In two years, Corbett's cuts and privatization have cost thousands of public employees their jobs. Now his plan to privatize the liquor sales will eliminate more family-sustaining jobs, converting them into low-wage, zero-benefit clerk jobs at Walmart.
Meanwhile, the promised education aid would amount to $250,000 a year in restricted funds. It will take four years to equal the $1 billion reduction for education in 2011 and 2012 - too little, too late to restore crucial programs and staff while Corbett's wealthy corporate contributors could cash in through privatization.
We can't afford to be divided. Taxpayers have to demand that publicly owned assets be preserved and strengthened, and their revenues used to underwrite better opportunities for all citizens.
Ted Kirsch, president, American Federation of Teachers Pennsylvania
Caring, in any language
The Inquirer profile of Im Ja Choi and the Penn Asian Senior Services she founded shows how profoundly literacy and language barriers can impact the search for quality health care, especially for Alzheimer's and dementia patients' families ("Culturally considerate care," Jan. 21).
Im Ja Choi had a deep love for her mother, a desire to help other aging Asian adults, and the determination to fill this health-care void. The Independence Blue Cross Foundation is proud to support this unique effort, which provides compassionate and dignified care to one of our area's most vulnerable populations. Our region needs more health visionaries like Im Ja Choi.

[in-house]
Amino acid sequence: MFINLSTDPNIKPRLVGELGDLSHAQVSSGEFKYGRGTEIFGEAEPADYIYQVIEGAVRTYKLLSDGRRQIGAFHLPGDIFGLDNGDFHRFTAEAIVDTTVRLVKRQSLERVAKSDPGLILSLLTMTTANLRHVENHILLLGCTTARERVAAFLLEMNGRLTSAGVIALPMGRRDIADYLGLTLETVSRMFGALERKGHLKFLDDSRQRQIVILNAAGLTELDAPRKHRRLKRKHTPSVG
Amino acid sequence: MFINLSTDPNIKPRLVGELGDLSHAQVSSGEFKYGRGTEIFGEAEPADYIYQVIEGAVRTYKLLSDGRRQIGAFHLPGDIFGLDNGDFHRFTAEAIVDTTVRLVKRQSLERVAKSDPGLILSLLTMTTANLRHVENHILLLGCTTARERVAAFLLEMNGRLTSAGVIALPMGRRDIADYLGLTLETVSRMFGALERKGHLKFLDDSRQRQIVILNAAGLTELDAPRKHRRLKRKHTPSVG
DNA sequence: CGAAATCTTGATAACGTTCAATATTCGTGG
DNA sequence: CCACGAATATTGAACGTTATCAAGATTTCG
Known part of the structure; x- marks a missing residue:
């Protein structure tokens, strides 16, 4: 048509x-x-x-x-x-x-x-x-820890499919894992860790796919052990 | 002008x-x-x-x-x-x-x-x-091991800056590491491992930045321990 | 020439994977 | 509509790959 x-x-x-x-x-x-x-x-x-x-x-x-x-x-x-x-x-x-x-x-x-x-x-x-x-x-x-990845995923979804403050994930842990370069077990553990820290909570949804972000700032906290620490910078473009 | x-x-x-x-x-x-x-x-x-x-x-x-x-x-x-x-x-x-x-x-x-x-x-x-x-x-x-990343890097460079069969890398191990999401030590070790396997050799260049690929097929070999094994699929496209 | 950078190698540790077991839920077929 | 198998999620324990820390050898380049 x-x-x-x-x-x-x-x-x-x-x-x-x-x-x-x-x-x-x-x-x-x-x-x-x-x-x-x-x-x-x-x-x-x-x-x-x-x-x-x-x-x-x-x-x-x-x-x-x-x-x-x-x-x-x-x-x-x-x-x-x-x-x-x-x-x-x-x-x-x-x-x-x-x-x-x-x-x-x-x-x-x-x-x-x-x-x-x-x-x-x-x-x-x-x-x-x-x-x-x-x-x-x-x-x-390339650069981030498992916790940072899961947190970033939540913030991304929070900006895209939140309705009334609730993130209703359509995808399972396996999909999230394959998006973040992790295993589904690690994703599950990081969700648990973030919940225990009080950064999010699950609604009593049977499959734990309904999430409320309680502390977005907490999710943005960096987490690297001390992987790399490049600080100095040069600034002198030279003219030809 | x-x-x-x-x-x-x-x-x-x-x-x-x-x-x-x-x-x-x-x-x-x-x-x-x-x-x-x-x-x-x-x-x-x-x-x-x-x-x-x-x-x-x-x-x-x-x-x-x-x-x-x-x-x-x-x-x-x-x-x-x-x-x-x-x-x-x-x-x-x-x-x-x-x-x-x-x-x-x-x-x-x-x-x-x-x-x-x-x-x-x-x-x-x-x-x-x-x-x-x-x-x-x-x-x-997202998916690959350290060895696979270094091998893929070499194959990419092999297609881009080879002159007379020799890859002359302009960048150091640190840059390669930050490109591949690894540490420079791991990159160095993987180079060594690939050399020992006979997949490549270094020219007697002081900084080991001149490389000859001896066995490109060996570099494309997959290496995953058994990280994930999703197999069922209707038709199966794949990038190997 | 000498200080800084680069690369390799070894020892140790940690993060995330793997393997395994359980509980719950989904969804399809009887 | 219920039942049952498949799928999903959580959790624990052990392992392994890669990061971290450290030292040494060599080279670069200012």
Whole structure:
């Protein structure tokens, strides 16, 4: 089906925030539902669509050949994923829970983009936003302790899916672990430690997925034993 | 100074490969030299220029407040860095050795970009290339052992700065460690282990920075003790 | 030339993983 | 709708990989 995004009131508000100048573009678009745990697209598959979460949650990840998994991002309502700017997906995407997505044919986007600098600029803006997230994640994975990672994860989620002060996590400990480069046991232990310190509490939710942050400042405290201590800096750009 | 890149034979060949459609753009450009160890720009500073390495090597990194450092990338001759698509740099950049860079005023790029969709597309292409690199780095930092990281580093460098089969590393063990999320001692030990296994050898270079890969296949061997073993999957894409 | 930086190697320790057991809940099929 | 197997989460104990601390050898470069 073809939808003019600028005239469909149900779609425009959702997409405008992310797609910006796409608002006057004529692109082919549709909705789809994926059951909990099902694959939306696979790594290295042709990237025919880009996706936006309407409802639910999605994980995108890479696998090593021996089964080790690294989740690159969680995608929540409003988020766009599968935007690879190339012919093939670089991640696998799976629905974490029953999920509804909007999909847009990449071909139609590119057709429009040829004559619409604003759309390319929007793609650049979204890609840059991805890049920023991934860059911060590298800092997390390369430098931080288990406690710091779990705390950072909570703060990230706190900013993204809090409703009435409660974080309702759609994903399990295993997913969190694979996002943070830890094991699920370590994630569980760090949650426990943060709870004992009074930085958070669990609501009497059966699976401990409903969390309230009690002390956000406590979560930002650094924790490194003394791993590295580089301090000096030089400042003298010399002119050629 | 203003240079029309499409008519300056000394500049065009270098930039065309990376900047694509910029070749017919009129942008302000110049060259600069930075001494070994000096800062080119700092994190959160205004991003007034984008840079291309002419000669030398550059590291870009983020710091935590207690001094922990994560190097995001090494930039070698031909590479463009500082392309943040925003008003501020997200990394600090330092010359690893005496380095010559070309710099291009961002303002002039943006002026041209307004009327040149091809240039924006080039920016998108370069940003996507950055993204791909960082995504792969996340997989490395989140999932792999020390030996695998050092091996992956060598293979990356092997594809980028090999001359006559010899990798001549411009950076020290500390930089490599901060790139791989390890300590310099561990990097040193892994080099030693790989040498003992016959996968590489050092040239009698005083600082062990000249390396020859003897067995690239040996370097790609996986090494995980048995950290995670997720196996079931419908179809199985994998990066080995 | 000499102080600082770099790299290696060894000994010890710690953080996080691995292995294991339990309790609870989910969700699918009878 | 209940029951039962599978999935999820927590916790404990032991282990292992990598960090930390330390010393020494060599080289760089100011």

Lorina Marshall-Blake, president, Independence Blue Cross Foundation
Can't afford flat-tax proposal
Michael Busler's proposal for a 12 percent tax on all revenues for individuals and corporations with no deductions effectively would be a sales tax that would hurt business, since the rate is greater than most corporate profits ("The 12% revenue solution," Jan. 29).
Jobs would vanish or go overseas. If passed on to consumers, it would cause significant inflation - which is an indirect tax on everyone. Could The Inquirer itself afford to pay such a tax on its circulation and advertising revenues, or raise subscriber and ad rates that much?